Vellus hair references short and fine hairs on the body or scalp that are commonly referred to as “peach fuzz” or baby hair. In fact, this type of hair is more observable on women and children than men. This is because vellus hairs are translucent and easily concealed by the thicker terminal hairs. Babies especially have an abundance of this type of hair. During puberty, many vellus hairs transform into stronger and move easily seen terminal hairs. The origins of the word “vellus” roughly translates into “fleece” or “wool”.
These hairs are much shorter than normal, and their follicles do not have sebaceous glands. The hair shaft is quite narrow, sometimes more than the root sheath itself. The hair bulb is located higher than most hair follicles, and follicle itself is not very deep. Since this type of hair does not have a sebaceous gland, and terminal hairs do not come in until puberty, some hair specialists theorize that sebaceous glands are what causes the onset of acne during puberty.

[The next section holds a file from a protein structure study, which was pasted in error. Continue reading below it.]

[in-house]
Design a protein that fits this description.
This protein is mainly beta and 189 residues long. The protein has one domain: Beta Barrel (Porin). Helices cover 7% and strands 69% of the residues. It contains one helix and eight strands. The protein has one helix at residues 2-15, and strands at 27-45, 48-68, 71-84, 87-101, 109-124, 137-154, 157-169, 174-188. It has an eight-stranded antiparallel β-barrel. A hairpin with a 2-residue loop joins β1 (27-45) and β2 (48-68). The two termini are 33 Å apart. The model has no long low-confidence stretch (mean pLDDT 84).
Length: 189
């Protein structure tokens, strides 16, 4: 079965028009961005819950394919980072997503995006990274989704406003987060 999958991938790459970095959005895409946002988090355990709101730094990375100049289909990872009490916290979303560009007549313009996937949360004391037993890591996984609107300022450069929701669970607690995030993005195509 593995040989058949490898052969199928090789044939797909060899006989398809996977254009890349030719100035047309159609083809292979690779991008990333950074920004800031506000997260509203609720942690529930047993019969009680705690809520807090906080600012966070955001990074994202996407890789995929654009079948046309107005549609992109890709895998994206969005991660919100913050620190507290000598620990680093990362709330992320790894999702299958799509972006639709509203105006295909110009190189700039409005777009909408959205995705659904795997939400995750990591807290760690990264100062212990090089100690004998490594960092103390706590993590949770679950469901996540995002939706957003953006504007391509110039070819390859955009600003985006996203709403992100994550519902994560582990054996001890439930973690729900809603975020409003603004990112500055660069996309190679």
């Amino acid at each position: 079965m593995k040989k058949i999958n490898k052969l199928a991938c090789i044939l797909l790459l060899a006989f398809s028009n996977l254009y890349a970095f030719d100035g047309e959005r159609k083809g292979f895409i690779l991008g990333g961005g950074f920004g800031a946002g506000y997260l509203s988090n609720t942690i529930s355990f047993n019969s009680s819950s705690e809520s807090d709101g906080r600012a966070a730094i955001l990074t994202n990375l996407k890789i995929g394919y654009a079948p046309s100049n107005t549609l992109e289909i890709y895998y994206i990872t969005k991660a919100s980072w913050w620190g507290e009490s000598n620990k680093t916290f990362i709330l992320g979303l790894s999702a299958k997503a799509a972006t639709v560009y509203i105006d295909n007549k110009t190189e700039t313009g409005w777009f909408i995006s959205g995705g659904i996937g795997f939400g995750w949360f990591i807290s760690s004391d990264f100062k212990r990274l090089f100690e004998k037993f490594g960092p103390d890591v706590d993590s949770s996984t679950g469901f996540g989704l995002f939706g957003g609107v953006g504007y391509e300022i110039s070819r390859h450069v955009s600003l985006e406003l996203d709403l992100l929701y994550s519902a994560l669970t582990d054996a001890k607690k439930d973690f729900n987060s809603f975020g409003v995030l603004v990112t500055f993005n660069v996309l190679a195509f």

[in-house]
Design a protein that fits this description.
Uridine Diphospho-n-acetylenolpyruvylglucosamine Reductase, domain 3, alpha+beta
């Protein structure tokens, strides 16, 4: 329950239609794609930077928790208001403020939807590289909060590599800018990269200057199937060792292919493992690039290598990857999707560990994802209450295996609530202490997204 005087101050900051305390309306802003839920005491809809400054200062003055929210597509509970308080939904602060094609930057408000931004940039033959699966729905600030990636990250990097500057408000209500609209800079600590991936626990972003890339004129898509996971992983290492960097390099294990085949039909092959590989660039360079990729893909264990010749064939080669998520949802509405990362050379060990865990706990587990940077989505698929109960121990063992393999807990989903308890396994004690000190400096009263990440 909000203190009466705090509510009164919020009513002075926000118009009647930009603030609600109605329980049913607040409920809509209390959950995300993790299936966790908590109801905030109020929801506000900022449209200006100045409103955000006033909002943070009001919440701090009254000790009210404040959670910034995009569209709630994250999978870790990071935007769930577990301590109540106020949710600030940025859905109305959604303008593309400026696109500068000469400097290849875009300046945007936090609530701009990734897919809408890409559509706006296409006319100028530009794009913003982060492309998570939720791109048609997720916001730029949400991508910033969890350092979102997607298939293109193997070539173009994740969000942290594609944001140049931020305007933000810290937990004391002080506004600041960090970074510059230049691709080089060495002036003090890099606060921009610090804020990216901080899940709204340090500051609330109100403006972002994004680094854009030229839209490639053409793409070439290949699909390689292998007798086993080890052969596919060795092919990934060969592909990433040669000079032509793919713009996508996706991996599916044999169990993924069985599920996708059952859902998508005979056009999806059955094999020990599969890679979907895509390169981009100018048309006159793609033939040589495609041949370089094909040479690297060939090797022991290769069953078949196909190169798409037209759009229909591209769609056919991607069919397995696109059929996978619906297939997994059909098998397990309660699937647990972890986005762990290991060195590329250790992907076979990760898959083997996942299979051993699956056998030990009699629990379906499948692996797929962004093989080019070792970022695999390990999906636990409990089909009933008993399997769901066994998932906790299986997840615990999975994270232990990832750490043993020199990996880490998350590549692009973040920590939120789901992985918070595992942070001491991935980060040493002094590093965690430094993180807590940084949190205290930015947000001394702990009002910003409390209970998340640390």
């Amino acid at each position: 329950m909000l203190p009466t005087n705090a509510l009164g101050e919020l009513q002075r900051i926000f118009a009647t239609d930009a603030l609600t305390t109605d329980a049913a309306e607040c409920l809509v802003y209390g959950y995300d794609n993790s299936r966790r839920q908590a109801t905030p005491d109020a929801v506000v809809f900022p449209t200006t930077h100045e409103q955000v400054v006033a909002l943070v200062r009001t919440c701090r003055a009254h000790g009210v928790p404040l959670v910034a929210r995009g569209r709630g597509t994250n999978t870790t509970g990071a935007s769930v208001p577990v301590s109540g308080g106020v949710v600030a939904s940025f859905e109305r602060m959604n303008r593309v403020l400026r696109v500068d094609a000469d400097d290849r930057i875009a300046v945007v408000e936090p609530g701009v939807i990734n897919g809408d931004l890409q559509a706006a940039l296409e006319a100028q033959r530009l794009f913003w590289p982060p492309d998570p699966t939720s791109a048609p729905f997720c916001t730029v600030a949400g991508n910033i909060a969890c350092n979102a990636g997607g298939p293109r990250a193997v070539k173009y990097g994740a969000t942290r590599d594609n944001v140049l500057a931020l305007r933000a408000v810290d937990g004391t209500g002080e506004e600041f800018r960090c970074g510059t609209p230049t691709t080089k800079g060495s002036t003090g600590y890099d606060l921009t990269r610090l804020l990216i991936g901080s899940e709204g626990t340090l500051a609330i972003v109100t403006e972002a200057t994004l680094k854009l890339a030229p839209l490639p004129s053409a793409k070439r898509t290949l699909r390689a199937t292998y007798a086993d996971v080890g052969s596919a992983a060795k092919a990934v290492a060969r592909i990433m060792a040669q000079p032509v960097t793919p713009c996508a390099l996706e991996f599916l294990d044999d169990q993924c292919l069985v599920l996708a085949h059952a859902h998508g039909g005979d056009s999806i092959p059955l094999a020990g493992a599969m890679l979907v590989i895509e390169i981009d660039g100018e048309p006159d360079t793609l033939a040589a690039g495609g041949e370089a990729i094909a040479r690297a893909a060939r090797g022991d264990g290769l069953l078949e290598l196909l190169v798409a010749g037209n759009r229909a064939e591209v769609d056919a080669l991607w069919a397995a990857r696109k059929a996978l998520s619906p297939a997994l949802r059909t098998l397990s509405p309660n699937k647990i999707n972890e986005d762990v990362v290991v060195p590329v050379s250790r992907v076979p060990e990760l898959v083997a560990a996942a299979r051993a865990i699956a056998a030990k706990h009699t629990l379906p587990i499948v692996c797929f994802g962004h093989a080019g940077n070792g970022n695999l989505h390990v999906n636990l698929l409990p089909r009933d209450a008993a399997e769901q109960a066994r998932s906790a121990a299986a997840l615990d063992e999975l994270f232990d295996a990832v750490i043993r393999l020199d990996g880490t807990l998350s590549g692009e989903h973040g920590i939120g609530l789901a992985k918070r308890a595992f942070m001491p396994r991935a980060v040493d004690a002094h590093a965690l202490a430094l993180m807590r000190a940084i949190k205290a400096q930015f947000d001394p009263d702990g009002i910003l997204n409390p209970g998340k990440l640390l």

The following diseases are known to cause the following symptoms relating to vellus hairs: